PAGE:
• Students will talk about their favorite videos or popular videos with their friends at school and may view them on their friends’ phones, even if they aren't allowed to use the device during school hours
  • The app offers Direct Messages. This feature is automatically disabled for users under the age of 16

What is TikTok rated?

Apple App iOS app Store Rating: 12+

Google Play Rating: T (Teen)

App Developer website: TikTok (based in China, owned by ByteDance)

Terms of Use

Privacy Policy

Common TikTok phrases/terms parents should know

  • FYP (#fyp): For Your Page—creators use this hashtag to increase views and brand visibility with the hopes of making it into other users’ FYP
  • IB: Inspired By—Usually used with an @ to tag the original creator
  • DC: Dance Credit—The user is giving credit to the original creator of the dance
  • POV: Point of View—A creator may tell the viewers how to watch the video
  • OOMF: One Of My Followers
  • Heather: Is usually meant to describe someone as gorgeous or desirable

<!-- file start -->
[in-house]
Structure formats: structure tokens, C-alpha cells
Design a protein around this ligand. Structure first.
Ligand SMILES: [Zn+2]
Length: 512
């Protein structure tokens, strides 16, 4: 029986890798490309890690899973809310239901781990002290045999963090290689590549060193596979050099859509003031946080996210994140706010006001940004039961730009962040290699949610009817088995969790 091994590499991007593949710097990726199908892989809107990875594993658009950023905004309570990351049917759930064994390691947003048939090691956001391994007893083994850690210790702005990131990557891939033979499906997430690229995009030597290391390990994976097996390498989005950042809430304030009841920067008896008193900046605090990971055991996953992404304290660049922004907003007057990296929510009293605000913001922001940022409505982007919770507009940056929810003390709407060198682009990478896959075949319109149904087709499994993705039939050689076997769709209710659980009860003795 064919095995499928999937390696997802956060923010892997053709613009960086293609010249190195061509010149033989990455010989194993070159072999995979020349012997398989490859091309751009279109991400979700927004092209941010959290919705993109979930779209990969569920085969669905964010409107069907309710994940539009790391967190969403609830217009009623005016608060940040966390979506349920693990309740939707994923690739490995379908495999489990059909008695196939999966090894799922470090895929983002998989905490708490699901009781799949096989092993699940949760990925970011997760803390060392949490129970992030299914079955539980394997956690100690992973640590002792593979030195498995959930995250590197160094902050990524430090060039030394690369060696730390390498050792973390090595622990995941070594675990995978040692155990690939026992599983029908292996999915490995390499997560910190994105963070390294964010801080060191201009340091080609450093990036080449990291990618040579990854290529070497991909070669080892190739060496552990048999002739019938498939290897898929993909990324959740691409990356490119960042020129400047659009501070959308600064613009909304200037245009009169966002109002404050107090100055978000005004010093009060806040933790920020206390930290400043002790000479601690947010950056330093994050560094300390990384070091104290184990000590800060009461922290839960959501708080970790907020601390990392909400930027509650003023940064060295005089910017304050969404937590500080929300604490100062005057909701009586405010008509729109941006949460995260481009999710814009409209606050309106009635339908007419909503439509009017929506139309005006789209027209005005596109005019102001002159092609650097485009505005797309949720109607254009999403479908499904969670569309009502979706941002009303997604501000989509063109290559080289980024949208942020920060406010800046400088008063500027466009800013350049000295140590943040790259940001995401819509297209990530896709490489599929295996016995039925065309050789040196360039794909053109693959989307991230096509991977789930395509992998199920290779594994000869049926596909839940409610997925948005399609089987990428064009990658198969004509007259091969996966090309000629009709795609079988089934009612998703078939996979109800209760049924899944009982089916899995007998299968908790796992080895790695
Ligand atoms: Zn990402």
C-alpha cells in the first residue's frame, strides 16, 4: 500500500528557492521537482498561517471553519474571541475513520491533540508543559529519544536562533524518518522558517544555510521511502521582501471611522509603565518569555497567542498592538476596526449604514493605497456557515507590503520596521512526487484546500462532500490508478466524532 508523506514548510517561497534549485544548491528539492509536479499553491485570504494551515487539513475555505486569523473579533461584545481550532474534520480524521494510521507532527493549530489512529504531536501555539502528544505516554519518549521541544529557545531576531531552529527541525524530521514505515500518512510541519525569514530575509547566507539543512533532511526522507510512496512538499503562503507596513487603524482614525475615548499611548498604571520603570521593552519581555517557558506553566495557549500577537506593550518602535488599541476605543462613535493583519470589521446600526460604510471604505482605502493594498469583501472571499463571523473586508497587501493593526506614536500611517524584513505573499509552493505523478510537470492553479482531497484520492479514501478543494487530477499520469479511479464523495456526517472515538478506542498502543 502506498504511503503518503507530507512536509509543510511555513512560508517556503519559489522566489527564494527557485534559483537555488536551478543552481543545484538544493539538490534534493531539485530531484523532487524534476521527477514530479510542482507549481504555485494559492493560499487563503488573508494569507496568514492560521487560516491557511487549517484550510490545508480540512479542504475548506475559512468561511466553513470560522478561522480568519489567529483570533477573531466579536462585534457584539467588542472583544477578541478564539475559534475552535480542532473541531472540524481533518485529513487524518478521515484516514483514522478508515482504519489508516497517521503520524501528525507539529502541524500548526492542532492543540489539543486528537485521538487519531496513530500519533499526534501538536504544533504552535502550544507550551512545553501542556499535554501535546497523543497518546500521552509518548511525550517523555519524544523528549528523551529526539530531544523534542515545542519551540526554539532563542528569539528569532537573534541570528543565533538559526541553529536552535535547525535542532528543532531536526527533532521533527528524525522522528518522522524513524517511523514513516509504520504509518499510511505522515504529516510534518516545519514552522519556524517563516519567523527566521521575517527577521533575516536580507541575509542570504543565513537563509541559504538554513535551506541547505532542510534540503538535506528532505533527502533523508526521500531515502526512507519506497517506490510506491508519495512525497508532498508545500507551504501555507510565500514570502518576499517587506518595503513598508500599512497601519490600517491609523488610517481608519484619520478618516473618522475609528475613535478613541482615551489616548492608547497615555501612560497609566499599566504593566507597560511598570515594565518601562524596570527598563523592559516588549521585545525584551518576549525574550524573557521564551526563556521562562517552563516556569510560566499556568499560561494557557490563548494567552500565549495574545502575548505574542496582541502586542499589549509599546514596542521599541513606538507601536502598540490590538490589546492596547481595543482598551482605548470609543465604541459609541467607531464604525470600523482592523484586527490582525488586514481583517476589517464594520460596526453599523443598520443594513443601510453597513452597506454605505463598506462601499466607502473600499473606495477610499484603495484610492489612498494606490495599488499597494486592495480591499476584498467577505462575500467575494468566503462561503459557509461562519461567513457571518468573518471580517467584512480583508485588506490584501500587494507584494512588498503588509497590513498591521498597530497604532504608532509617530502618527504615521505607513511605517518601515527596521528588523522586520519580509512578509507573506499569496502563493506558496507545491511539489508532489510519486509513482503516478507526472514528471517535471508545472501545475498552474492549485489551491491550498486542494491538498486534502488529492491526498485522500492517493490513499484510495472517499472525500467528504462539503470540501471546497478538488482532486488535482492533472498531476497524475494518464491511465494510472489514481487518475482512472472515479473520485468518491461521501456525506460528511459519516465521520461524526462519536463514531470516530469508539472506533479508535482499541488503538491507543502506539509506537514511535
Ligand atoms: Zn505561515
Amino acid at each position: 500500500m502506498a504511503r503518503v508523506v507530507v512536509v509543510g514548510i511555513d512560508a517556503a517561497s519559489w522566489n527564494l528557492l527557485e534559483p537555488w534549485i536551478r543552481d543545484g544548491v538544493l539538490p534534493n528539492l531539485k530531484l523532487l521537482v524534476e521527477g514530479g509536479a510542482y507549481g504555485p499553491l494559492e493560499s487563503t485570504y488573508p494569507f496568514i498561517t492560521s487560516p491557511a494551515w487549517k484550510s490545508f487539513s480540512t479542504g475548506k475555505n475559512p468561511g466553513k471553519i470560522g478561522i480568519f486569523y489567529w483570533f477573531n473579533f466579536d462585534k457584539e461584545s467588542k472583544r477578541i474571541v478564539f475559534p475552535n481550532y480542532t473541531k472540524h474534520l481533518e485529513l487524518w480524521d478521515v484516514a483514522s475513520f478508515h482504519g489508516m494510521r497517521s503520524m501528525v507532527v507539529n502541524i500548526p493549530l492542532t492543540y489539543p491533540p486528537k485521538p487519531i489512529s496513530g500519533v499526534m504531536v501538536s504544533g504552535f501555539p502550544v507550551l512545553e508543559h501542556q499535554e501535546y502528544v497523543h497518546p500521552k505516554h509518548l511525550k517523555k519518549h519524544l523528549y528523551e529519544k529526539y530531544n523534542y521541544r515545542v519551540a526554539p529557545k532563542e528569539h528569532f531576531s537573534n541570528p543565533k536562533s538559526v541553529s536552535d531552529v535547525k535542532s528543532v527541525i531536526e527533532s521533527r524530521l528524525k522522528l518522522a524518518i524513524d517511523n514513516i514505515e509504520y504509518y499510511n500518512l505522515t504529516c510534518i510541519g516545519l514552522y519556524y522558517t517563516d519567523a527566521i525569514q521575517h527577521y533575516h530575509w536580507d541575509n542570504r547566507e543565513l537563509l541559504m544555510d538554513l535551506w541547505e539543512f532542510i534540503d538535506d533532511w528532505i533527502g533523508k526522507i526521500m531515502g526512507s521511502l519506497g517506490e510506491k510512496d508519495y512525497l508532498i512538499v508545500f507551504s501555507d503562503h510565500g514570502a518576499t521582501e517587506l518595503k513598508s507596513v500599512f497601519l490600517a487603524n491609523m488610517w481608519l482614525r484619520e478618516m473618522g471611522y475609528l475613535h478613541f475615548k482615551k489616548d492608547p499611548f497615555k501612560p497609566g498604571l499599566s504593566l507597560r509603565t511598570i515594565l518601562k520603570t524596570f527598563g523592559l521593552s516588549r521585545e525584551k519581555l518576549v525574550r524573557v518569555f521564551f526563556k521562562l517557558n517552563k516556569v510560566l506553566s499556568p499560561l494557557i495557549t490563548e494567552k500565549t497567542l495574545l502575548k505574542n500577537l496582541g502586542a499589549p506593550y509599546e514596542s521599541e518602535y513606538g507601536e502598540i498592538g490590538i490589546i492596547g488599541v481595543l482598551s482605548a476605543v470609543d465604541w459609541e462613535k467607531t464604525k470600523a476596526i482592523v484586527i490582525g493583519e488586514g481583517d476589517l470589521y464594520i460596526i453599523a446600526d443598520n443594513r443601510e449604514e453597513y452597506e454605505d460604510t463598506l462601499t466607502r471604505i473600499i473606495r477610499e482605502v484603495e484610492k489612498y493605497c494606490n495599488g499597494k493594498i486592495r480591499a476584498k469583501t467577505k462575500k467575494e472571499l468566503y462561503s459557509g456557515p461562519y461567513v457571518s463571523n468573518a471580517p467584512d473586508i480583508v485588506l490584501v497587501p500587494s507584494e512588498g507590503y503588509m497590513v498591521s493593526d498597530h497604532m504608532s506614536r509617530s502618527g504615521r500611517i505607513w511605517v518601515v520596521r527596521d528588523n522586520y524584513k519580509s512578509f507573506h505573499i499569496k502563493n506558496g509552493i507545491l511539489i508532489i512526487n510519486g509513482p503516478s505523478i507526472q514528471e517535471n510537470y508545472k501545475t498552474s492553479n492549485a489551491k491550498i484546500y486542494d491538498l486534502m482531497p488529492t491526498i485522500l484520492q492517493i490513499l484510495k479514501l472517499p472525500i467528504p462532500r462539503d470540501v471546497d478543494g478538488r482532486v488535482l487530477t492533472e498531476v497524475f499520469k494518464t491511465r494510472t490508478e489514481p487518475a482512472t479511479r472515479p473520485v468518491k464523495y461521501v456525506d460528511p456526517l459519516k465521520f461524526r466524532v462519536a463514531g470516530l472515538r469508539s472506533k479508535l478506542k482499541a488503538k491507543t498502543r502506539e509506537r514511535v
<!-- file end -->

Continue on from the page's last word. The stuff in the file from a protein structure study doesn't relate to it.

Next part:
• Green screen: A backdrop that allows TikTok effects, photos, or images to appear
  • Accountant: Slang code word for being a sex worker or OnlyFans creator
  • P(star emoji): Porn Star
  • Simp: Insult to someone who goes out of their way to do things for someone they like and hope to start dating but ends up in the "friend" zone

2023 Community of Standards Update

  • TikTok does say they remove content that they believe violates their Community Guidelines, but inappropriate videos still get posted on other platforms and are often seen thousands of times before they are removed
  • Drugs, controlled substances, alcohol, and tobacco are technically not allowed, but are very prevalent
  • Accounts for users under 16 cannot use direct messaging, host livestreams, and their content cannot appear in other users’ For You feed (but students often misrepresent their age when signing up)
  • Grooming behaviors are when an adult tries to build a relationship with a student to gain their trust. TikTok says they look for these types of interactions between adult accounts and minor accounts, BUT most predators work under minor aliases as part of their grooming tactic

Why should parents & educators care?

  • It’s easy for students to come across mature content or triggering content that could promote self-harm or eating disorders; such content can also cause a cyberbullying problem that can move offline